Studying the parenting ways of dinosaurs has proved to be very tough for scientists because of the less number of dinosaur fossils collected till date. However, the incubating habit of a species of dinosaur known as oviraptorosaurs has recently come to light for the very first time.
If the super hefty bird-like dinosaurs would have had sat on their eggs just like that of the other birds, the eggs would have been squashed. However, a new research tells that the species used a unique technique for the process. The recent study performed by one international team consisting of researchers from Asia and North America indicates that the dinosaurs stacked their eggs all around themselves just like a spiral. They reportedly developed a formation resembling a donut that implied that if the oviraptorosaur was humongous, its egg-ring’s diameter would be bigger and vice-versa if it happened to be smaller in size.
A researcher from the Nagoya University Museum, Kohei Tanaka, said that the eggs of oviraptorosaurs are put in a “circular pattern” having a big central opening. He explained that the oviraptorosaurs probably sat at the center of their nest, thereby not damaging the eggs by squashing them. He further added that the incubation practice never kept the unborn dinosaurs warm, but would have kept them secured from any predator or source of damage. Tanaka is the head author of a paper in the Biology Letters, which describes the incubation habit of the feathered carnivores known as oviraptorosaurs.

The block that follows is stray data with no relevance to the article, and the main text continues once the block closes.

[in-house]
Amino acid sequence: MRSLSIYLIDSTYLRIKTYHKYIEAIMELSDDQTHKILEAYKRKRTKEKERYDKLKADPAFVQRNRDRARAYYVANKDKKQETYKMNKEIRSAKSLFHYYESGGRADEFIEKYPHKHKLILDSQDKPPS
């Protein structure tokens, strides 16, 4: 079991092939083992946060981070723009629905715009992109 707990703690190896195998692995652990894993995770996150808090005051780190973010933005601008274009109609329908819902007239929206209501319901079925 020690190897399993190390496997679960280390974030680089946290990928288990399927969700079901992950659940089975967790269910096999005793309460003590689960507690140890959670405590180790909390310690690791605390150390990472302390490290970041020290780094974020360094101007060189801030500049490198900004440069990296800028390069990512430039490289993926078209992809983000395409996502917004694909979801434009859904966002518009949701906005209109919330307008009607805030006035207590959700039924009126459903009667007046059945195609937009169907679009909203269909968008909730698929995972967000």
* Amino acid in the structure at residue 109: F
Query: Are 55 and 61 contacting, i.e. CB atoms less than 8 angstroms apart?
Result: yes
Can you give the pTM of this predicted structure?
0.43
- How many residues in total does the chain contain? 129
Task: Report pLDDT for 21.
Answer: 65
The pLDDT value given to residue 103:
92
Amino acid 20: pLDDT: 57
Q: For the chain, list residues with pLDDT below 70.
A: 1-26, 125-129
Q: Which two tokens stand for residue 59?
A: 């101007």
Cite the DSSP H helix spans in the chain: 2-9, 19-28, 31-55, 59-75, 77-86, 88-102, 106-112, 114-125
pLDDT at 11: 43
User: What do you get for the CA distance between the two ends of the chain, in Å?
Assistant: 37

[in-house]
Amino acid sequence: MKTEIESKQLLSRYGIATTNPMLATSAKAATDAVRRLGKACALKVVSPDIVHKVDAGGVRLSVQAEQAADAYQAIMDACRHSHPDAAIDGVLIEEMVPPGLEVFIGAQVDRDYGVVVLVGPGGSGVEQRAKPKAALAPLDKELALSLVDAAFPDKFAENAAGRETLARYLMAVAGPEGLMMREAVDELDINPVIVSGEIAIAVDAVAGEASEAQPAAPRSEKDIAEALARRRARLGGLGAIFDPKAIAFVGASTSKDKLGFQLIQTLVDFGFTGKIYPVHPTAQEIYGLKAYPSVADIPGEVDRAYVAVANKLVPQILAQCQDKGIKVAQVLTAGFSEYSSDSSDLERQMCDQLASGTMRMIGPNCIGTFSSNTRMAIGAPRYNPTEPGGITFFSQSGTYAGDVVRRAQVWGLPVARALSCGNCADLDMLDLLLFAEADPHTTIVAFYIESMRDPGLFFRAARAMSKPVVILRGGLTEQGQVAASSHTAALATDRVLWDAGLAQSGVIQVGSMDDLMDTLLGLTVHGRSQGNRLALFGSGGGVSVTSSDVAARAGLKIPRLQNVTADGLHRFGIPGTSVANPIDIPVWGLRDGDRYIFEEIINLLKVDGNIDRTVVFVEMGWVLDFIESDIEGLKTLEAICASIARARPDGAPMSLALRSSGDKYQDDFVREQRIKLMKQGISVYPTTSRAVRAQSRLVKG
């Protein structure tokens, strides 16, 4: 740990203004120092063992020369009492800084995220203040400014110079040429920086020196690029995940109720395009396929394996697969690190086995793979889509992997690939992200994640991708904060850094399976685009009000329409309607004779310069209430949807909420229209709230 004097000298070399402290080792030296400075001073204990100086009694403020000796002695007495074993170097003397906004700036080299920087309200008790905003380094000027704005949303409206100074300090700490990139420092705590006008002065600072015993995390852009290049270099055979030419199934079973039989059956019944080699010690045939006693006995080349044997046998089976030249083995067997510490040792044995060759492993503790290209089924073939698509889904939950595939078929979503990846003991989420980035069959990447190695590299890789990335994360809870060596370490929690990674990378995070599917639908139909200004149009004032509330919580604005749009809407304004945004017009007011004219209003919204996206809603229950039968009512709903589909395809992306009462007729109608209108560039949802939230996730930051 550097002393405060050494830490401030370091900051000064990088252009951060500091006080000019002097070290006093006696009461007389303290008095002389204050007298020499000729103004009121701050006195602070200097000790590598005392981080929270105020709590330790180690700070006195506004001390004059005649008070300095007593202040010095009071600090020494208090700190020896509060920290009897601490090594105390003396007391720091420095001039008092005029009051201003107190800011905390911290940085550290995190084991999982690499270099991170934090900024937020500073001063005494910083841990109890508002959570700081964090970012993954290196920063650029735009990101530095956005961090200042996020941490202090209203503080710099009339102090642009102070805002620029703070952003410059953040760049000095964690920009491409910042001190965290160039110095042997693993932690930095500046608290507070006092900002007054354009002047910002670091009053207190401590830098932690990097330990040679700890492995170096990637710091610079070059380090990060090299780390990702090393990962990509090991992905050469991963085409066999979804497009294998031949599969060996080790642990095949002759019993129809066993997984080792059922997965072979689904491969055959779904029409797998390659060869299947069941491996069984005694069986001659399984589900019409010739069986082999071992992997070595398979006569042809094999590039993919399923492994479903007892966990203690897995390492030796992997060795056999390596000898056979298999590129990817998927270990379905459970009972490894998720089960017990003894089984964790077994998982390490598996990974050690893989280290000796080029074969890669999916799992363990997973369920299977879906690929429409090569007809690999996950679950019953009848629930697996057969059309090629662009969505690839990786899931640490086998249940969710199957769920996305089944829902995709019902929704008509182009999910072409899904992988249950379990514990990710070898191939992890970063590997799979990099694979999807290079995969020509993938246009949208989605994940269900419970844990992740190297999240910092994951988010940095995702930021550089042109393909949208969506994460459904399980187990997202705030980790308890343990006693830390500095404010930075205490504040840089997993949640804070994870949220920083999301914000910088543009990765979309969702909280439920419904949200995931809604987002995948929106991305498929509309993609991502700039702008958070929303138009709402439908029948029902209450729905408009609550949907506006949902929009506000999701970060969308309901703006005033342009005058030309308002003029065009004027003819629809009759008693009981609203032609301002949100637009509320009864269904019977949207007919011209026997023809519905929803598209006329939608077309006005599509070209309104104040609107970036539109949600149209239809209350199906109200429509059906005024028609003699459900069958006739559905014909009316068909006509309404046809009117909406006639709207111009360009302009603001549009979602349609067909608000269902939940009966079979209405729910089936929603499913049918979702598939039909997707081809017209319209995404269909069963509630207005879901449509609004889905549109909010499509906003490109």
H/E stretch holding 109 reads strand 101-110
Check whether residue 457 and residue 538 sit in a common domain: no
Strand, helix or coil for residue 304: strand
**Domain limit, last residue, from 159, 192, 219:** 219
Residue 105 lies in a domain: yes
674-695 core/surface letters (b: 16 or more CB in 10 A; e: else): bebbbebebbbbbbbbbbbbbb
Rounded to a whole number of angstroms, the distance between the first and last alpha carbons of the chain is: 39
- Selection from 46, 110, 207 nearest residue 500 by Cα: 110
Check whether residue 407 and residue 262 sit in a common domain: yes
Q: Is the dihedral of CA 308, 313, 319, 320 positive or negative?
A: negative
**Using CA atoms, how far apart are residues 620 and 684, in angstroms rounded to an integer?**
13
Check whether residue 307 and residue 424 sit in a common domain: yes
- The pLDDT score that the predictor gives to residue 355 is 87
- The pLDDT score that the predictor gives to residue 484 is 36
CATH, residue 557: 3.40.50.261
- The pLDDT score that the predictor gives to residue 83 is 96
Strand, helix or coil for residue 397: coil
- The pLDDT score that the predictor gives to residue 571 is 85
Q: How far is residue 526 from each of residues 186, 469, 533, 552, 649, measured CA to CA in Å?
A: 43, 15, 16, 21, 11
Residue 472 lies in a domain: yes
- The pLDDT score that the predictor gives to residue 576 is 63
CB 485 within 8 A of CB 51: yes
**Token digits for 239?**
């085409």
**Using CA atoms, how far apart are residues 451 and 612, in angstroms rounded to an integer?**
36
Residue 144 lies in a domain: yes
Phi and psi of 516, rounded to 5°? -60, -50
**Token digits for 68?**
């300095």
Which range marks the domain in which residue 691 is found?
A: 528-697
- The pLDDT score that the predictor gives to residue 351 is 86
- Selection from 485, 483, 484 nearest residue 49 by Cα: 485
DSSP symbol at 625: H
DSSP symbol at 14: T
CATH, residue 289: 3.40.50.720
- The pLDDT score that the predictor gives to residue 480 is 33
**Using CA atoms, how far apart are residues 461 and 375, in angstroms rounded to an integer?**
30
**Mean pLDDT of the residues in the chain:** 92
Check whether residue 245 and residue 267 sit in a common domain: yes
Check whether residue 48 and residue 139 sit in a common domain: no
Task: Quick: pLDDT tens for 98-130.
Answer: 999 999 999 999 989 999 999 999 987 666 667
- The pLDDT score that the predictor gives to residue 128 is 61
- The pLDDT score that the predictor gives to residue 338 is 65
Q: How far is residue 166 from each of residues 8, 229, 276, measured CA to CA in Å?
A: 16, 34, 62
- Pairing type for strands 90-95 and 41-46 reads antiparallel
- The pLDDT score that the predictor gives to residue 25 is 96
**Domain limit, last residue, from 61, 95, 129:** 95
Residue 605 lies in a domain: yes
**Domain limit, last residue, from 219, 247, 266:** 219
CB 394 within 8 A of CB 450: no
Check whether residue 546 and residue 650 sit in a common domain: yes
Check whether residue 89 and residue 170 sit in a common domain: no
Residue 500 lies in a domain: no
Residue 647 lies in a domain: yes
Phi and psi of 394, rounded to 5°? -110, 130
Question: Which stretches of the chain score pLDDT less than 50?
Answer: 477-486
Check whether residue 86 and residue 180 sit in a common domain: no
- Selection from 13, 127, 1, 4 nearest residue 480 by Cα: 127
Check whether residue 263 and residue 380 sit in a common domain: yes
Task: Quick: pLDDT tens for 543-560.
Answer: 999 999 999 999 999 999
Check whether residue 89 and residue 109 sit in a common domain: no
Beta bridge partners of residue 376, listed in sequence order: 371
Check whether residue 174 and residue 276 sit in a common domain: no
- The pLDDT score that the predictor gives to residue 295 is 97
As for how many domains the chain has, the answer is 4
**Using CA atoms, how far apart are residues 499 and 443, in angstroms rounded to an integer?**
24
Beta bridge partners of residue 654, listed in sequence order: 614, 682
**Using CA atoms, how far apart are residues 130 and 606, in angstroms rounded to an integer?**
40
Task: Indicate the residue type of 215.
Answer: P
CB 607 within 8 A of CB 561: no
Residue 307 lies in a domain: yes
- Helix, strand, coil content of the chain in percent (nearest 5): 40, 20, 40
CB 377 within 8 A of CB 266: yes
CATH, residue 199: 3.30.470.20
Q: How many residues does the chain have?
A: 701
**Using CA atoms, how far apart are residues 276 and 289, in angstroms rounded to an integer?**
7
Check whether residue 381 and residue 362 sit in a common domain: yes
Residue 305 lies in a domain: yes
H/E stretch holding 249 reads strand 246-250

This distinct incubation practice came into light when Darla Zelenitsky with his team from the University of Calgary scrutinized thoroughly near about forty oviraptorosaur nests. The research team even studied carefully many fossilized eggs that dated back to the era in between some hundred and seventy million years ago. In accordance with a received report, the oviraptorosaurs showed parrot-like heads with toothless beaks. The oviraptorosaurs were far larger than even the biggest modern-day birds with a weight ranging up to four thousand pounds. The variation in their sizes could be well-estimated by seeing their nests. In certain cases, their nests were calculated to be near about sixteen inches across with the egg-rings having a little to no space. In the other cases, their nests were seen to be around eleven feet broad with the egg-rings having more space at the middle.
Zelenitsky said that the Oviraptorosaurs had adapted themselves in a way that they could sit appropriately on their nests regardless of their body size. He said that in the biggest species the egg-ring space was larger than the eggs.